Grab your rain gauge, join linked weathernet

If you’ve ever complained that weathermen are paid to be wrong, now’s your chance to help them be right.

On July 1, New Hampshire launched its leg of the Community Collaborative Rain, Hail and Snow Network, a nationwide effort to gather weather and precipitation data through local volunteerism.

People across the country are invited to impact meteorological science and aid the National Weather Service by gathering high-quality precipitation information from their own backyards.

“This program will give us a great understanding of local precipitation patterns and allow us to see better into forecasting and warning procedures in different regional areas,” said David Glenn, New Hampshire state coordinator for CoCoRAHS.

The program hopes to locate one precipitation watcher per square mile in urban areas – which means Nashua could use 32 watchers – and one per 25 square miles in rural areas.

“I don’t think it will be very hard because people in New Hampshire follow their weather very closely,” said Glenn, a North Carolina native who recently moved to New England. “As a southerner coming up here, in less than a year I’ve noticed folks pay attention to weather more closely.”

CoCoRaHS is not the first opportunity for amateur precipitation reporters.

The National Oceanic Atmospheric Administration, building on centuries of citizen weather watchers, has covered the U.S. with its citizen Cooperative Weather Observers since 1953.

That program designates where observers should be and provides specialized equipment for them to use.

CoCoRaHS’ twist invites anybody in participating states to sign up and record precipitation levels.

Nationally, CoCoRaHS has accumulated 14,000 participants since its 1998 launch.

The program formed as Colorado State University’s solution to a devastating flash flood in Fort Collins, Colo., that was unreported and unwarned by Colorado’s station networks.

New Hampshire, the 46th state to join CoCoRaHS, has already demonstrated an active assembly of watchers: 109 New Hampshirites signed up as of Tuesday. In the southwestern region alone, 13 Hillsborough residents have agreed to monitor their precipitation, and four more are participating in Cheshire.

But there is still plenty of mileage to cover.

“We’ll take as many that would like to volunteer,” Glenn said.

“We are trying to get as dense of a network as possible,” Glenn explained. “One of my goals a couple months from now is to seek out locations where there are holes or pockets, and get people from that specific location to join in,” he said.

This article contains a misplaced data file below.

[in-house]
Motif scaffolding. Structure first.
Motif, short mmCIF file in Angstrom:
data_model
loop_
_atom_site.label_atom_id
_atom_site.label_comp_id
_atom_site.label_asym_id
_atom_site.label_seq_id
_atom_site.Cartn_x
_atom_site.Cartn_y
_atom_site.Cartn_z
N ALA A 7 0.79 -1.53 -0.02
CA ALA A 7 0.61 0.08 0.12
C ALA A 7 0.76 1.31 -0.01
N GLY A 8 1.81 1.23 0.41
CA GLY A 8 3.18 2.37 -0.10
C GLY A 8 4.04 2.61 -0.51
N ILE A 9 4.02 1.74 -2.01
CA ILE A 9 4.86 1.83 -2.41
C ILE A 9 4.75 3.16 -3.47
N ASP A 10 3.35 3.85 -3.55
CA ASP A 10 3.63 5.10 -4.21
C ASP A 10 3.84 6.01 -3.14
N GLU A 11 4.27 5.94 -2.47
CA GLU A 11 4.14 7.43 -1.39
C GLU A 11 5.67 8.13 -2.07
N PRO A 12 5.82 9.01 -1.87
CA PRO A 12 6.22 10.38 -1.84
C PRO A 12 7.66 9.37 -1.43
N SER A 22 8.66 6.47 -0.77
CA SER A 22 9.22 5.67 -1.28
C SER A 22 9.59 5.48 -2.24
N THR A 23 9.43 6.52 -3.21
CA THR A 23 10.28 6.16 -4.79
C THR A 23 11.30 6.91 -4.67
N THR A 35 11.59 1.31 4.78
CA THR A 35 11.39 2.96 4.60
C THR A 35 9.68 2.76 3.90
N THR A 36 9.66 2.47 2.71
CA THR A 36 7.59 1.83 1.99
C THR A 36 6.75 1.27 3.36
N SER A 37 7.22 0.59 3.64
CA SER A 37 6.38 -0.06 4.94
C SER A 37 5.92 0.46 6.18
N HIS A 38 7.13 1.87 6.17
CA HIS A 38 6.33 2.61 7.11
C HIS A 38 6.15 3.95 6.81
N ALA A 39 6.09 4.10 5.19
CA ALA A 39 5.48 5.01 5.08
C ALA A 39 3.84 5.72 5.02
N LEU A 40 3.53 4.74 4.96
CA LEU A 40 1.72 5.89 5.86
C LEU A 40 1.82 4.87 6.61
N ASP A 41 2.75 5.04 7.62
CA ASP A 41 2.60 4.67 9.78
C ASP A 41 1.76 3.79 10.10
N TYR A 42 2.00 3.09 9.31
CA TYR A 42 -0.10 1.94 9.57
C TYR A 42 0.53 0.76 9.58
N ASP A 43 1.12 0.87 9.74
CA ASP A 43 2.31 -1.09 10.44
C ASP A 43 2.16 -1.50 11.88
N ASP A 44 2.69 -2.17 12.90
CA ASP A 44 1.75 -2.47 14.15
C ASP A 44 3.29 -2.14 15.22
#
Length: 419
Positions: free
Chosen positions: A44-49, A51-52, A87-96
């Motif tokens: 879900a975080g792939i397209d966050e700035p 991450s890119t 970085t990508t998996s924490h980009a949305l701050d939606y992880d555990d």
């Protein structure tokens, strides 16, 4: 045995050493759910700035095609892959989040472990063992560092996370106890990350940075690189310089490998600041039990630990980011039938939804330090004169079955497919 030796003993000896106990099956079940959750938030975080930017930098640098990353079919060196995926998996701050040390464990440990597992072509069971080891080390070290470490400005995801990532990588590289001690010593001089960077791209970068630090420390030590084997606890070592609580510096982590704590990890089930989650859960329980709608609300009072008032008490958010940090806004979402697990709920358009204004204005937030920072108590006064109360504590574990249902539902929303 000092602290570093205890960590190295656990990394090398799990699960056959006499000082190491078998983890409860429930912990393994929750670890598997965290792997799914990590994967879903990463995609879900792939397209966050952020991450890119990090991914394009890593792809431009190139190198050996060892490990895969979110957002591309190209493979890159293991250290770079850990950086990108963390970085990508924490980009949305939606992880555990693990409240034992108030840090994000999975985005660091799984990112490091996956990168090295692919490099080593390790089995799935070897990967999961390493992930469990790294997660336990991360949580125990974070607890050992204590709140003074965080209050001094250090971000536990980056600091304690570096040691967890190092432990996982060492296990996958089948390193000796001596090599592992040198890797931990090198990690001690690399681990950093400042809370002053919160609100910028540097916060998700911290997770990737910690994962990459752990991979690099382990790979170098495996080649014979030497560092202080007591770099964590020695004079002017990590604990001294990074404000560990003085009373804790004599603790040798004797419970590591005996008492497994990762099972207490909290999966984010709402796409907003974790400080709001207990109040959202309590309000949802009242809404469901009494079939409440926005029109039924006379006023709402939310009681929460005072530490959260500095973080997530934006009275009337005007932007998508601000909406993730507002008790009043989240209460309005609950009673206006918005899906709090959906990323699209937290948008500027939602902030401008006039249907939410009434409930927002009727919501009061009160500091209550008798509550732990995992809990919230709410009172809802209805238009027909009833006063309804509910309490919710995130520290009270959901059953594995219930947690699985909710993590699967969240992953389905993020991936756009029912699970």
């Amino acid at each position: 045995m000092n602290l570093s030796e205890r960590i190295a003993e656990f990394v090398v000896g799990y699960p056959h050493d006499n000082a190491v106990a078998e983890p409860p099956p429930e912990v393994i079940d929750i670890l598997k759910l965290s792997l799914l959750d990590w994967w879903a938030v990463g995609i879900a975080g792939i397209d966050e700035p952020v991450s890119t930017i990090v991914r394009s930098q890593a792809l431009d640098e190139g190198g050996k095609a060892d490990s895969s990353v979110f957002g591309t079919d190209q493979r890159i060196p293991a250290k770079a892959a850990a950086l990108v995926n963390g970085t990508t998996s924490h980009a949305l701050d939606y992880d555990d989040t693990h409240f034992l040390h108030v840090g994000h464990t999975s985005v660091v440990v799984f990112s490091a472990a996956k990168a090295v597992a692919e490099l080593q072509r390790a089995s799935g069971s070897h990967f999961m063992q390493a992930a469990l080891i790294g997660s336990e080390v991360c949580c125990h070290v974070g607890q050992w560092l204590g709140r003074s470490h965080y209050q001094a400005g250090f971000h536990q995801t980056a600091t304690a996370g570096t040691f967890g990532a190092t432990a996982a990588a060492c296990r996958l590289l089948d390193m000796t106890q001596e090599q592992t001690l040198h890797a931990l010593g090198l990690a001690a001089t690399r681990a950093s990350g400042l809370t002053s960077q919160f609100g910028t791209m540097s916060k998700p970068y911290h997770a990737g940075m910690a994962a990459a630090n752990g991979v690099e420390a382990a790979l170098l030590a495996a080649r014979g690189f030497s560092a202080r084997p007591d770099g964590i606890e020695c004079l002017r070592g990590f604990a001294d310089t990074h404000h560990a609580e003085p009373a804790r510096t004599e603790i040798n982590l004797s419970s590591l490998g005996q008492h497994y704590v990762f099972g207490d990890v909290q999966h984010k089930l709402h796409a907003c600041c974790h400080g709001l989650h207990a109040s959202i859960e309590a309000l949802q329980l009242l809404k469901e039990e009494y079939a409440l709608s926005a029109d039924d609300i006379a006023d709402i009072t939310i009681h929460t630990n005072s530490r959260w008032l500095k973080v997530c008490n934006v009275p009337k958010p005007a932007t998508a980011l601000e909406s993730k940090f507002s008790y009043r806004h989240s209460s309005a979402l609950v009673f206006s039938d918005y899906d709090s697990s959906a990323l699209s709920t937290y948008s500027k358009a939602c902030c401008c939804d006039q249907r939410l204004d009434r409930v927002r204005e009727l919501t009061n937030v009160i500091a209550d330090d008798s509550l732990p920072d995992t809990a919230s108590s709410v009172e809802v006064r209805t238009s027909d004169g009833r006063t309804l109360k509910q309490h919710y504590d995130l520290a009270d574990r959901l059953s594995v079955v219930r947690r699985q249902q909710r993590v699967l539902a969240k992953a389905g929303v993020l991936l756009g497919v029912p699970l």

The time commitment is small, and the impact is great. Participants are encouraged to follow their precipitation for at least a season, but they don’t have to check the gauge daily – they can still go on vacation. There are online forms for multi-day accumulation reports.

The ideal time to check gauges for CoCoRAHS is 7 a.m., but as long as watchers report precipitation levels between 5 a.m. and 9 a.m., Glenn said the data will make it on a CoCoRaHS map and into certain local climate observation products from the Weather Service. Throughout the rest of the day though, CoCoRAHS continues to collect reports.

In the warmer seasons, precipitation checks should only take about five minutes. It is New Hampshire’s winter blizzards that will test dedication. Participants may spend about 15 minutes with liquid equivalent assessments, total snow depth and additional snow observations.

“People will probably gain a little more by going to face-to-face training sessions to get more about winter precipitation,” Glenn said.

The sessions are only about an hour long, and CoCoRAHS offers a series of sessions around the state starting Aug. 18 at Plymouth State University’s Boyd Science Center. But attendance is not required.

Whoever signs up to report backyard precipitation will be vital to weather stations. CoCoRAHS offers a variety of intermediate report forms for heavy precipitation fall from daily thunderstorm and hailstorms. Network stations want over-reporting, not under-reporting, Glenn said.

“We’ll get a weather alert at the Weather Service with heavy hail or precipitation,” he said. “If you report 3/4 inches of hail and send it online, we get an alarm so we know exactly where we’re seeing this heavy precipitation. It helps out a lot.”

For just the cost of a rain gauge and a few minutes a day, Granite Staters will provide critical data to their local, state and national weather networks.

“People have been very excited about this, they feel part of a big team,” Glenn said. “We hope they realize they all count, their individual measurements mean something to the overall program.”